Although native and modified starches are valuable both as a source of energy and for various physical functions, they are not widely used in pet food because most premixes already contain grains. Specialized feeds such as pet food and milk replacers are exceptions. Starch dissolves easily in cold water and often replaces lactose in milk replacers for calves. It is also used when protein and energy levels need to be adjusted separately when planning a diet for animals.

What is corn starch?

Corn starch consists of two polymers of glucose – amylose and amylopectin in different proportions depending on the type of corn. It is extracted from the endosperm, or part of the corn. The final product is a white, free-flowing, powdery substance with no discernible taste or odor. Corn starch can be chemically or physically modified, or not modified at all.

What is corn starch used for?

Used in cooking, it mainly serves as a thickener, without changing the taste of the product. It is most often added to soups, and can be found in many premixes. We also use it in confectionery products such as brownies, bread, cakes and cookies. Starch binds ingredients together, giving baked goods the right consistency.

When added to packaged products, corn starch absorbs moisture and condensation. This process helps prevent lumps and food spoilage. What’s more, a mixture of corn starch and water can replace egg in many baked goods, which is why it is often used in plant-based alternatives.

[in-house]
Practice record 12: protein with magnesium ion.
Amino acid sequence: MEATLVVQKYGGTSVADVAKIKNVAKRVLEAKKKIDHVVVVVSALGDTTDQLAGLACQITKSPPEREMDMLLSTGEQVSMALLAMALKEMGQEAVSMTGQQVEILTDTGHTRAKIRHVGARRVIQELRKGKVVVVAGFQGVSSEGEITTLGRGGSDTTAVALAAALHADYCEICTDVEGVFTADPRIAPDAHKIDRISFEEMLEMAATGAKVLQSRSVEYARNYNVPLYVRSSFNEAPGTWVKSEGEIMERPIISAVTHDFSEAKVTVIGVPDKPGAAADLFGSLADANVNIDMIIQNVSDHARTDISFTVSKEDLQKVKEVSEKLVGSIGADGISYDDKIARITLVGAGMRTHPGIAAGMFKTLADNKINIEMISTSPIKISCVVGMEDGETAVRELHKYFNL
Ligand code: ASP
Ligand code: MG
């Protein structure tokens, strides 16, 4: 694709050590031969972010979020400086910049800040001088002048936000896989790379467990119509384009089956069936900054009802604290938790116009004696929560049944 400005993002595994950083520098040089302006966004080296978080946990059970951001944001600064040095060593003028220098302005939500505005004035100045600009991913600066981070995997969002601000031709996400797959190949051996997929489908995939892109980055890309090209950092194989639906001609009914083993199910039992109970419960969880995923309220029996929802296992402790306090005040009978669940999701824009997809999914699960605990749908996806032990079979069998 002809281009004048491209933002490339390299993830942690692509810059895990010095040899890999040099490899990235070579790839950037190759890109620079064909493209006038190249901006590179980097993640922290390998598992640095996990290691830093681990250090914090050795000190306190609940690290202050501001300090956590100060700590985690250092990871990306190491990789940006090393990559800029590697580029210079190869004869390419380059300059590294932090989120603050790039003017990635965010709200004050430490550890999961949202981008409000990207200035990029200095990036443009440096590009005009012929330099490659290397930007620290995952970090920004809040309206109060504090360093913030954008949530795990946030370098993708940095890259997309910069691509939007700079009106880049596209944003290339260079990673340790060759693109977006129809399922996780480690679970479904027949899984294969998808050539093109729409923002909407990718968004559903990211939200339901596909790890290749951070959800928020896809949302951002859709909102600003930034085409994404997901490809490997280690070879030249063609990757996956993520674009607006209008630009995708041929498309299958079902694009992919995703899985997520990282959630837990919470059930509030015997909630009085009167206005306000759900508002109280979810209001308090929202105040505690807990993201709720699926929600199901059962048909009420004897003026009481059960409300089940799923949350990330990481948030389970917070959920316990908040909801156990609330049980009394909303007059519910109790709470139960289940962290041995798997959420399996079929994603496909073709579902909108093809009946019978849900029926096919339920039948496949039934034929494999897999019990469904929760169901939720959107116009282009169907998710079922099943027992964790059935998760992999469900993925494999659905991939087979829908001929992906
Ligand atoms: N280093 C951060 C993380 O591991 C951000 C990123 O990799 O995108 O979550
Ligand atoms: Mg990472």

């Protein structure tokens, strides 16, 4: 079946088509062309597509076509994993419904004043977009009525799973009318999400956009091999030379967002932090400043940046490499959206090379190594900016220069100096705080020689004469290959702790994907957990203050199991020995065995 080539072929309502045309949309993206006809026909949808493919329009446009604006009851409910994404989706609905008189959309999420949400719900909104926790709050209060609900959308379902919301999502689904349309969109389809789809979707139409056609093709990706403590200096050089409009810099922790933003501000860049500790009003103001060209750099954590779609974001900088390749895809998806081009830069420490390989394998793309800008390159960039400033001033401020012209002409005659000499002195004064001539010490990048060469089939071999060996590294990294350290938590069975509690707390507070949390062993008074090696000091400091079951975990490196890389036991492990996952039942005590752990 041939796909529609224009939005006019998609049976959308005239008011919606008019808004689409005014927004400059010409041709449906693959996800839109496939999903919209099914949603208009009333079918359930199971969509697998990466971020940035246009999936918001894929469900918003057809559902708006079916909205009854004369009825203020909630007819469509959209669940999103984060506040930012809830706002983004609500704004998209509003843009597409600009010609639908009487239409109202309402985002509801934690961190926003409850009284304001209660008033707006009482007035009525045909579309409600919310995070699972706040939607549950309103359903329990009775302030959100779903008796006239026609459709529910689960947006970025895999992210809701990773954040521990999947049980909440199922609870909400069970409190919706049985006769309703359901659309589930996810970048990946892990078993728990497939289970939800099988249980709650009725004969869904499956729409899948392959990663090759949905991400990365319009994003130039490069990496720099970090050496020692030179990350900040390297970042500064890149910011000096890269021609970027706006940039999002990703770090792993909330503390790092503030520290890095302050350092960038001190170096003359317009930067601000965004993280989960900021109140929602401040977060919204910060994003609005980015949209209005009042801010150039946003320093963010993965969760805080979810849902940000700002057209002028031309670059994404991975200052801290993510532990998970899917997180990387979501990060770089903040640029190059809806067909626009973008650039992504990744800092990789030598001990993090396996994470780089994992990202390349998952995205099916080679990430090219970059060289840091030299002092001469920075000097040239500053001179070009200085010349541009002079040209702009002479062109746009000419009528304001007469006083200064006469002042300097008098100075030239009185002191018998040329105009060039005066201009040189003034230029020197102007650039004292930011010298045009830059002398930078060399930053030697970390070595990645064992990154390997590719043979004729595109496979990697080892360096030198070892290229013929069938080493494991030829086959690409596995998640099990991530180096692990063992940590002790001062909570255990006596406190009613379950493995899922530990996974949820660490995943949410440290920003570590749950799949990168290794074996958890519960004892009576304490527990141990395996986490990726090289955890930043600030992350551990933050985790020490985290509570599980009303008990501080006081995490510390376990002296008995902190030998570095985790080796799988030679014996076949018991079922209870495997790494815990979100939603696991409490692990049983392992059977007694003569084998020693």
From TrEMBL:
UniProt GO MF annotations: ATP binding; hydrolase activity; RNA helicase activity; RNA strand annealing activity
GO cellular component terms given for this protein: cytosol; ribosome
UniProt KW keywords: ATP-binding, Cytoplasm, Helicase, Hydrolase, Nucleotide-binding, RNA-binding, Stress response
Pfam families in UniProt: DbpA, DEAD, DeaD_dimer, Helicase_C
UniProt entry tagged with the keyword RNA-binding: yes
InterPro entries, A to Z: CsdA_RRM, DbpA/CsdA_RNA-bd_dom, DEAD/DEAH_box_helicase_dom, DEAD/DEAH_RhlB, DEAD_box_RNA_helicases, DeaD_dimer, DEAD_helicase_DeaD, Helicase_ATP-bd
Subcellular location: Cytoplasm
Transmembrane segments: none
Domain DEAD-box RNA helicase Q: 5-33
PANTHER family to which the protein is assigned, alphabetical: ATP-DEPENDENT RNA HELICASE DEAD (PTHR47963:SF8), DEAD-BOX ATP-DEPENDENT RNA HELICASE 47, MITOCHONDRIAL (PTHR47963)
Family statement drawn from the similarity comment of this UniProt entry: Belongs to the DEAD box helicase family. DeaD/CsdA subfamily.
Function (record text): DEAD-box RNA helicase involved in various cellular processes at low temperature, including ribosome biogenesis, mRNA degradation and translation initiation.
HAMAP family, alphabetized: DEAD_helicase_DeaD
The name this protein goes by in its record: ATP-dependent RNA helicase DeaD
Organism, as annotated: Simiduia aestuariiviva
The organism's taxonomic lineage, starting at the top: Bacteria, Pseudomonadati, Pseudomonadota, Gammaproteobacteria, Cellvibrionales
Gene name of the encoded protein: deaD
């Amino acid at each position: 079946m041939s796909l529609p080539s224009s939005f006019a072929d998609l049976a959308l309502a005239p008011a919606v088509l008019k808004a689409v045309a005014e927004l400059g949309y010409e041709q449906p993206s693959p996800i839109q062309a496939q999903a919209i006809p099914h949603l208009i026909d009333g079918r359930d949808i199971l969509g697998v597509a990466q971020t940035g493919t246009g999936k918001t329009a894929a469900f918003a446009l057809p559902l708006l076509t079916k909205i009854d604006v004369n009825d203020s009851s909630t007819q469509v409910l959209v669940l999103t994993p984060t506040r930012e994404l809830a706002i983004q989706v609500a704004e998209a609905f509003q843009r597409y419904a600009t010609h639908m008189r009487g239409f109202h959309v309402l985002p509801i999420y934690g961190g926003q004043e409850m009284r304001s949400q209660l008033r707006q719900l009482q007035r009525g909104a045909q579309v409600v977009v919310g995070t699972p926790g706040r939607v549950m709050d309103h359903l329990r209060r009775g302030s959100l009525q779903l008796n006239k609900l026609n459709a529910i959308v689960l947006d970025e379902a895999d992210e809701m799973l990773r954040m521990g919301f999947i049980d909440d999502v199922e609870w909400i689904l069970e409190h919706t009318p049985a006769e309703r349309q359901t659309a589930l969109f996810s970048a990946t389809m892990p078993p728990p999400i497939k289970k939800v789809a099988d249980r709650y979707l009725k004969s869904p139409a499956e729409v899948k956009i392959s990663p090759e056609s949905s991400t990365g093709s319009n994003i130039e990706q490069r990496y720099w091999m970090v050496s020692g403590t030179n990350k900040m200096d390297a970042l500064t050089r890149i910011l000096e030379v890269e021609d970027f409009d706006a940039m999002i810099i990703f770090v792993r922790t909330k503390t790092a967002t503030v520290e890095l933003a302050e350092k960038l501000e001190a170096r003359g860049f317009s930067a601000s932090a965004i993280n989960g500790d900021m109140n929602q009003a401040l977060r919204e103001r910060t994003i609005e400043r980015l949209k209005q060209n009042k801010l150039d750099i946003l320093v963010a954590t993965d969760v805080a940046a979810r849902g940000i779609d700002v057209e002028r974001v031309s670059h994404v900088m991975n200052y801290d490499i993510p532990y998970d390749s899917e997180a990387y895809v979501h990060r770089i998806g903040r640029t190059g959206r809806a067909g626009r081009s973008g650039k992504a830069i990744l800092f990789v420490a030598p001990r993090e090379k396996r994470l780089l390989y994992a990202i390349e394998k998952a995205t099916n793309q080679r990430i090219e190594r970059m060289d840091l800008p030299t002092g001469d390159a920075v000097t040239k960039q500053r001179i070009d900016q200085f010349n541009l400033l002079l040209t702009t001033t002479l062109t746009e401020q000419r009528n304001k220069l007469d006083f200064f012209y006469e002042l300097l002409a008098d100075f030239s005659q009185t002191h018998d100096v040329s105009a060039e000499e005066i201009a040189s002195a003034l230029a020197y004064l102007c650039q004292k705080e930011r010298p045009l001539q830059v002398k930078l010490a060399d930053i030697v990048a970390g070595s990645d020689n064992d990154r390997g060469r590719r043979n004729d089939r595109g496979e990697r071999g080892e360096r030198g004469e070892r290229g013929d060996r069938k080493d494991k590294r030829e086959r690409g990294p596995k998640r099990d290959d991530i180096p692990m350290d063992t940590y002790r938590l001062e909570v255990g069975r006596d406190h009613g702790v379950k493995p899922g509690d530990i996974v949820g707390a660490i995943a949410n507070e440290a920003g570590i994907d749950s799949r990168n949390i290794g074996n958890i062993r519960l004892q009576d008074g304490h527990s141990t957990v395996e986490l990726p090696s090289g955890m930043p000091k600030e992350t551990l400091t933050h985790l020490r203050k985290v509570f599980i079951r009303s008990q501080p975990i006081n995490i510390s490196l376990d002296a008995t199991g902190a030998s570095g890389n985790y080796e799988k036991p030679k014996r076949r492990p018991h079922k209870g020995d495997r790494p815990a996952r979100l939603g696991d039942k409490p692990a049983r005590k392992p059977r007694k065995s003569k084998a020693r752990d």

Corn starch works well for dairy-based recipes, but if a recipe contains a lot of sugar or is extremely acidic, corn starch may not be the best substitute. Acidic foods include tomatoes, canned fruits, juices and vinegar. Corn starch should also not be used in recipes that you plan to freeze, as it can cause the final product to become spongy when thawed.

Corn starch is also used in the paper, textile, cardboard and glue industries. In pharmaceutical and medical applications, corn starch is used, for example, as a lubricant for surgical gloves. It is widely used in the production of bioplastics and airbags. In cosmetics, it plays a role as a talc substitute in baby products.

Other uses include the livestock, poultry and fish feed sectors.

Corn starch – learn more!

Native Corn Starch offered by Foodcom is made from European corn and does not contain GMO. The process of corn starch production begins with the purification of the corn raw material, which is then ground using water. The gluten and starch are then separated and the slurry is dried for processing into powder.

Corn Starch What Is The Difference

Corn starch vs. corn flour – similarities and differences